Although the pundits often scold Americans for being too deeply in debt, in fact debt is not the problem. The average household owes a relatively modest amount, according to the Federal Reserve Board's Survey of Consumer Finances. The problem is the precarious income stream that keeps so many families afloat--an income stream now threatened by the deepest recession in a generation. If the stream dries up, as it is for many, then debt becomes a problem because there is no backup plan.

Are we finally learning a lesson? Will we be humbled by the hard times? Not likely. The freewheeling cowboy culture is too deeply ingrained in the American psyche. To see it in all its glory, take a look at a new study from the Economic Mobility Project. This organization, which tracks the economic mobility of the American population, fielded a survey in late January and early February--a time when you might think the public would be chastened by events. But you would be wrong. Rather than rethinking the rules of the game, most Americans are still cheerleaders for the American Dream--even as it turns into a nightmare. When asked to define the Dream, the top three qualities mentioned by survey respondents were the freedom to accomplish anything (74 percent), the freedom to do what you want (68 percent), and children being better off financially than you (64 percent). Huh? Aren't those the same Anything Goes, Me First, and Bigger is Better ideals that got us into this mess?

Even now, Americans overwhelmingly credit success to individual characteristics rather than structural factors. Hard work and ambition are the top two factors behind success, say 89 to 92 percent of us. Fewer than half think people get ahead because they are born into the right family, know the right people, or are just plain lucky. And what about the poor wretches on whom hard times have fallen? They should not look to their fellow Americans for sympathy. The largest share of the public, including both conservatives and liberals, say the downward mobility so many are experiencing is due to "poor life choices." In other words, it's not the economy, stupid.

Another Baby Boom?

In 2007, a record 4,317,000 babies were born in the United States. It took exactly 50 years to break the old record of 4,308,000 established in 1957. So the answer is no, we are not in the midst of another baby boom. Here's why.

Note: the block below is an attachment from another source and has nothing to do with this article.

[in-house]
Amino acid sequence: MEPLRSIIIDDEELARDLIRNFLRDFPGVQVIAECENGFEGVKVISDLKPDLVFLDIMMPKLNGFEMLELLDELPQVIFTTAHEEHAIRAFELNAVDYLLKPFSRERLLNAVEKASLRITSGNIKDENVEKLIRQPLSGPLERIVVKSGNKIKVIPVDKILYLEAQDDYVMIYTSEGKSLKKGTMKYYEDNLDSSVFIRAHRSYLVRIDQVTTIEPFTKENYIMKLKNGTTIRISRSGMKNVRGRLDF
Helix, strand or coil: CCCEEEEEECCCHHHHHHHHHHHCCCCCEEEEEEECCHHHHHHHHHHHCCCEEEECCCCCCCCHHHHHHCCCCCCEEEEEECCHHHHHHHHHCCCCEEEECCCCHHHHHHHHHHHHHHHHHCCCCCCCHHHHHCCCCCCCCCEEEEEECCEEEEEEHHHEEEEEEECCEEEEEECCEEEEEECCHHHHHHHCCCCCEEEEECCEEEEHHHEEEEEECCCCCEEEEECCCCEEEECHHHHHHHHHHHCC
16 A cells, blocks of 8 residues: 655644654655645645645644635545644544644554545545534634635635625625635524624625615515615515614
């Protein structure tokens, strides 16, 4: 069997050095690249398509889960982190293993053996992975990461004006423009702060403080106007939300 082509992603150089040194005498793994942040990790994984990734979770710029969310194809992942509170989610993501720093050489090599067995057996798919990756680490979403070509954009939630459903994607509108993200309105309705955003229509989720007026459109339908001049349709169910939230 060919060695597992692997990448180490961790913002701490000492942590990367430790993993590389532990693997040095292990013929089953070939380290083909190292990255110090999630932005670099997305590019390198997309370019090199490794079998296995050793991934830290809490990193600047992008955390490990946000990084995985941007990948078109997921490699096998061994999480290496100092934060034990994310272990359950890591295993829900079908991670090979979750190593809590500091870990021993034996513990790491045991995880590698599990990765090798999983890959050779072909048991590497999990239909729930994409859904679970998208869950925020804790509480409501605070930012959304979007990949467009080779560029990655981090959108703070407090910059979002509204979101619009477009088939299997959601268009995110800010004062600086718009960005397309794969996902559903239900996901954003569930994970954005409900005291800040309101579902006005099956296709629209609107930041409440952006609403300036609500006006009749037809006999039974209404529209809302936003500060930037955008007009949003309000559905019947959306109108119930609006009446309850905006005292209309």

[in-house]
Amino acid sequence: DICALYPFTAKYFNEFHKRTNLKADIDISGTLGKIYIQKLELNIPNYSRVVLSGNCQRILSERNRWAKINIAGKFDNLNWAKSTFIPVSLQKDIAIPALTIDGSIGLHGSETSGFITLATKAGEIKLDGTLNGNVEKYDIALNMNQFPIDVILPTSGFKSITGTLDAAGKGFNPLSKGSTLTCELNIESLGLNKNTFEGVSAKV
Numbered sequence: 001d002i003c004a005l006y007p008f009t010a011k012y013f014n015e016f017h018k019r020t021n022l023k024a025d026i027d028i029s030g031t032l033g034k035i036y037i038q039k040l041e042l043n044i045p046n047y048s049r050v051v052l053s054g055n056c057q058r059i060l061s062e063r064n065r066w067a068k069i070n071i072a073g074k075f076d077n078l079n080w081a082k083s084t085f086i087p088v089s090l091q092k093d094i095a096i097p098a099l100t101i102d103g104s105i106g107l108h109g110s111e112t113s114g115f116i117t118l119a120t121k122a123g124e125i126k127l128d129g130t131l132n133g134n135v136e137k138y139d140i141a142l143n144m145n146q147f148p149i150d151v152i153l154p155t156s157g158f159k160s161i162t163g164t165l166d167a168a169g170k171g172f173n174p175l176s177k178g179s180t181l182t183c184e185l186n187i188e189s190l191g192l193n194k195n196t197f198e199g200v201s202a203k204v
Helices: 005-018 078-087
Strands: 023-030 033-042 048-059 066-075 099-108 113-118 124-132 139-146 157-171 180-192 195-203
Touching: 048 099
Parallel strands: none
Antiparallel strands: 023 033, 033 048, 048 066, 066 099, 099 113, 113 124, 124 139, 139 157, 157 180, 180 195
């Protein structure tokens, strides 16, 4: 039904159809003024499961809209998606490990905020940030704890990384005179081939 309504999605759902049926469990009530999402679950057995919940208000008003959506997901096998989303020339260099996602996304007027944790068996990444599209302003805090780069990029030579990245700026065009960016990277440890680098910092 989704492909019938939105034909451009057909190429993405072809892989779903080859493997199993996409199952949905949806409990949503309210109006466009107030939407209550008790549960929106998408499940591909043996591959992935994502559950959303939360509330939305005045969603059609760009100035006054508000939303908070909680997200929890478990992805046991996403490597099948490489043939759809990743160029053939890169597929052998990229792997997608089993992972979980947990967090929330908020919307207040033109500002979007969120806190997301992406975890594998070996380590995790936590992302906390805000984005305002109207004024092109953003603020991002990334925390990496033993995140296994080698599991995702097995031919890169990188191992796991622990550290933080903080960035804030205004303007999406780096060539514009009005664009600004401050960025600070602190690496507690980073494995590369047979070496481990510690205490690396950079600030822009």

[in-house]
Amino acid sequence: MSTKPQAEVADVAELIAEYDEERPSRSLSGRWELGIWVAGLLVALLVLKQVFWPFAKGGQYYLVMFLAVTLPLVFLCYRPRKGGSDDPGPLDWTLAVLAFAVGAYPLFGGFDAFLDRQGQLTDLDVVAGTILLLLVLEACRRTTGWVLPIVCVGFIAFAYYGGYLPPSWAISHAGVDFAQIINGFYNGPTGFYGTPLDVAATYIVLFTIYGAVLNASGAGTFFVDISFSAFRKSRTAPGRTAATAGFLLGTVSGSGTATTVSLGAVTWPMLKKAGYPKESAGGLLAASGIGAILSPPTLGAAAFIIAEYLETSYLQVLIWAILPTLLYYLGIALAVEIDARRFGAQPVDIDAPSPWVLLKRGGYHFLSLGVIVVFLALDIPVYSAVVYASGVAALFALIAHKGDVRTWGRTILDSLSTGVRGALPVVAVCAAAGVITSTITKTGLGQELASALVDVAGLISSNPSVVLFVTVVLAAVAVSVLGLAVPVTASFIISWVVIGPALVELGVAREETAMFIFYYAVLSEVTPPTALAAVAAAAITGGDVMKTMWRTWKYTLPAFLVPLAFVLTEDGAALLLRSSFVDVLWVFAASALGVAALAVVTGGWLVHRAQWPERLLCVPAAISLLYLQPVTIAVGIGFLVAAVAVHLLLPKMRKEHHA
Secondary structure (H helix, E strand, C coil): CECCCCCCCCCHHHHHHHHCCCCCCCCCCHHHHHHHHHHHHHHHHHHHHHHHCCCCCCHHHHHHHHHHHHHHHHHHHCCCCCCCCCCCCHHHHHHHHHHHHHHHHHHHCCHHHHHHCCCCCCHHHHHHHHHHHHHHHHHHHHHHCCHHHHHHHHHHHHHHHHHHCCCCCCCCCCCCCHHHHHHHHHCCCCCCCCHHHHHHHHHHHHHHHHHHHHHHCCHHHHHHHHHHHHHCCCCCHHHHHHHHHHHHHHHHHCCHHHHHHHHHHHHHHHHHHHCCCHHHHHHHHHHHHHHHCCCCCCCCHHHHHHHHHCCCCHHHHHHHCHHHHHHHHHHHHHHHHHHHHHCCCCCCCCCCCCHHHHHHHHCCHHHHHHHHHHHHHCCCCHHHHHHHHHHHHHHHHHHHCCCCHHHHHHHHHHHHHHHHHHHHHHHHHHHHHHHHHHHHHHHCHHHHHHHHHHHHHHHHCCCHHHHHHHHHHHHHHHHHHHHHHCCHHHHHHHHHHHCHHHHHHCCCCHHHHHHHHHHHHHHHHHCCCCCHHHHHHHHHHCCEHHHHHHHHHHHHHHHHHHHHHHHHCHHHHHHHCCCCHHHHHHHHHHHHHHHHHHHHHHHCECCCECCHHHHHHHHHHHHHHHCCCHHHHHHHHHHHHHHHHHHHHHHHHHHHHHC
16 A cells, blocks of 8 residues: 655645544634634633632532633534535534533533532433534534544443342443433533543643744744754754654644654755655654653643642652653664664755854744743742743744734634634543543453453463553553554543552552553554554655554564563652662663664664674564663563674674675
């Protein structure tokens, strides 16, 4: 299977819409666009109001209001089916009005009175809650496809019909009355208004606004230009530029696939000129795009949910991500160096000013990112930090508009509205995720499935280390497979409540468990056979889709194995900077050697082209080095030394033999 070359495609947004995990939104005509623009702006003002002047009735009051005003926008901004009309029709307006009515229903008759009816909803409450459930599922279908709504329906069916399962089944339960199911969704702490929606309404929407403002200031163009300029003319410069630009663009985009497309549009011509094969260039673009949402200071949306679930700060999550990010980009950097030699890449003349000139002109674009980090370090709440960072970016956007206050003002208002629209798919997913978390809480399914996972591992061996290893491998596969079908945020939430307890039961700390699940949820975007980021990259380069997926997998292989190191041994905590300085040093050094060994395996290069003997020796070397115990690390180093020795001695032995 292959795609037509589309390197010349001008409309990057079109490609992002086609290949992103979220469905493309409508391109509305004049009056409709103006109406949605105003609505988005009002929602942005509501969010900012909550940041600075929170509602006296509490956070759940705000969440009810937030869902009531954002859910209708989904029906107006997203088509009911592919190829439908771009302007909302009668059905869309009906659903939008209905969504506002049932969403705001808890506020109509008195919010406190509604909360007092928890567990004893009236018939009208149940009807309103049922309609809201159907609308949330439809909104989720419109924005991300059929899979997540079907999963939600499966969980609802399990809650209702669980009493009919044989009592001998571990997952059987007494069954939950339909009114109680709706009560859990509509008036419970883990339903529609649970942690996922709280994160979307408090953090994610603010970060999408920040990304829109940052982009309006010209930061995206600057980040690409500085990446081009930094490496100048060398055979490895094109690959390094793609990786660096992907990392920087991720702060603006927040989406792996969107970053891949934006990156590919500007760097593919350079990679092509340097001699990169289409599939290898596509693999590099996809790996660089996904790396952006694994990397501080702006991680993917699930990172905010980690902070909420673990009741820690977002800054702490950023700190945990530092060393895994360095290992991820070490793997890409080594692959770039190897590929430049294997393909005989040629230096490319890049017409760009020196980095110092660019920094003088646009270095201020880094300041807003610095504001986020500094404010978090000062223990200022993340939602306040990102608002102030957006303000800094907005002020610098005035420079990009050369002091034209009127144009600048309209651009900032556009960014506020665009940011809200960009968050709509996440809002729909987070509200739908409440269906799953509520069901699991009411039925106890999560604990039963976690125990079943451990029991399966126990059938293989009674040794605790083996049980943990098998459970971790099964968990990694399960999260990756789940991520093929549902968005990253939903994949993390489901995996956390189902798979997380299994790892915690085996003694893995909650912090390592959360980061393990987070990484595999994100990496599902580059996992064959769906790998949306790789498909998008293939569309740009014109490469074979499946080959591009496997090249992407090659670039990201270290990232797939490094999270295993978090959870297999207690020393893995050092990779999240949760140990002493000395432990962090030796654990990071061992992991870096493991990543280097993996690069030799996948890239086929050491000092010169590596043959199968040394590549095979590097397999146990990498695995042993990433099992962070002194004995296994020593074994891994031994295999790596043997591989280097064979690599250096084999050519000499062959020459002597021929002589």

For one thing, the U.S. population has almost doubled since 1957, climbing from 152 million to 302 million--yet only now have American women managed to produce slightly more babies than they did half a century ago. The average woman of 1957 could expect to have 3.77 children in her lifetime. Today, the average woman will have only 2.12.

The fertility rate of 1957 was 122.9 births per 1,000 women aged 15 to 44. Today the fertility rate is just 69.5. Granted, today's figure is higher than the all-time low of 63.6, which we hit in 1997, but the increase is due more to the changing demographic composition of American women than it is to a new baby boom.

Hispanics account for a growing proportion of women aged 15 to 44, and Hispanic fertility is far above average. In 2007, the Hispanic fertility rate was 102.1--not far below the average fertility rate of 1957. Among non-Hispanic whites, in contrast, the 2007 fertility rate was just 60.1. Hispanics account for one in four births in the United States today. Of the 52,000 additional babies that put us over the top in 2007, 44 percent were Hispanic, 27 percent were Asian, 19 percent were black, and 7 percent were non-Hispanic white.

Tuesday, March 24, 2009

Generational Change

Percentage of Americans who say there is nothing wrong with
sexual relations between two adults of the same sex, by age

18 to 29: 52%
30 to 39: 48%
40 to 49: 35%
50 to 64: 34%
65 or older: 18%

Source: 2008 General Social Survey

Friday, March 20, 2009

Internet 2, Newspapers 3

Percentage of people who get most of their news from

1. Television: 48 percent
2. Internet: 22 percent
3. Newspapers: 20 percent

Source: 2008 General Social Survey

Monday, March 09, 2009

Another Look at Who Is to Blame